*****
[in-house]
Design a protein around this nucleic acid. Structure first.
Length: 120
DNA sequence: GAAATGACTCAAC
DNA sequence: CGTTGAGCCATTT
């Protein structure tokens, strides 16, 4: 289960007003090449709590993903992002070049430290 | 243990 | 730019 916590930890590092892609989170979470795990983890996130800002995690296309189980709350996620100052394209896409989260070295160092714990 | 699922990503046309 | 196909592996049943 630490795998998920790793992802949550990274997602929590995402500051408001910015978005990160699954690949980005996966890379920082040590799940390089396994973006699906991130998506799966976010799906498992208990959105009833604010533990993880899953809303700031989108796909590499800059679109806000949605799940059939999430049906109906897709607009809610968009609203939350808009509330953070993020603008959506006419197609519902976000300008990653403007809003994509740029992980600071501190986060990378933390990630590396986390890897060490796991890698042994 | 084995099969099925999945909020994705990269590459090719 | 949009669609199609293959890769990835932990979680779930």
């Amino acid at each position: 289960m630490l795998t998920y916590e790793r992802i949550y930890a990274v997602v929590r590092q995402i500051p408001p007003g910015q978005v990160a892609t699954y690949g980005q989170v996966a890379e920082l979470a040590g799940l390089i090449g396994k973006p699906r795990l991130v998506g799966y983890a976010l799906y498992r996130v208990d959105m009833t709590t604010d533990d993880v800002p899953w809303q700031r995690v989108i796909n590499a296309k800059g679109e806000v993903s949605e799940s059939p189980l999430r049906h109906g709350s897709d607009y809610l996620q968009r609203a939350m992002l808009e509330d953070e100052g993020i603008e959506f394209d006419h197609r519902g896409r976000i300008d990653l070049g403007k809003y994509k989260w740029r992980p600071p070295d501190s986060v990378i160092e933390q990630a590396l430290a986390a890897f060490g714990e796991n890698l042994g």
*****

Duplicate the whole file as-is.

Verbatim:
[in-house]
Design a protein around this nucleic acid. Structure first.
Length: 120
DNA sequence: GAAATGACTCAAC
DNA sequence: CGTTGAGCCATTT
């Protein structure tokens, strides 16, 4: 289960007003090449709590993903992002070049430290 | 243990 | 730019 916590930890590092892609989170979470795990983890996130800002995690296309189980709350996620100052394209896409989260070295160092714990 | 699922990503046309 | 196909592996049943 630490795998998920790793992802949550990274997602929590995402500051408001910015978005990160699954690949980005996966890379920082040590799940390089396994973006699906991130998506799966976010799906498992208990959105009833604010533990993880899953809303700031989108796909590499800059679109806000949605799940059939999430049906109906897709607009809610968009609203939350808009509330953070993020603008959506006419197609519902976000300008990653403007809003994509740029992980600071501190986060990378933390990630590396986390890897060490796991890698042994 | 084995099969099925999945909020994705990269590459090719 | 949009669609199609293959890769990835932990979680779930």
């Amino acid at each position: 289960m630490l795998t998920y916590e790793r992802i949550y930890a990274v997602v929590r590092q995402i500051p408001p007003g910015q978005v990160a892609t699954y690949g980005q989170v996966a890379e920082l979470a040590g799940l390089i090449g396994k973006p699906r795990l991130v998506g799966y983890a976010l799906y498992r996130v208990d959105m009833t709590t604010d533990d993880v800002p899953w809303q700031r995690v989108i796909n590499a296309k800059g679109e806000v993903s949605e799940s059939p189980l999430r049906h109906g709350s897709d607009y809610l996620q968009r609203a939350m992002l808009e509330d953070e100052g993020i603008e959506f394209d006419h197609r519902g896409r976000i300008d990653l070049g403007k809003y994509k989260w740029r992980p600071p070295d501190s986060v990378i160092e933390q990630a590396l430290a986390a890897f060490g714990e796991n890698l042994g």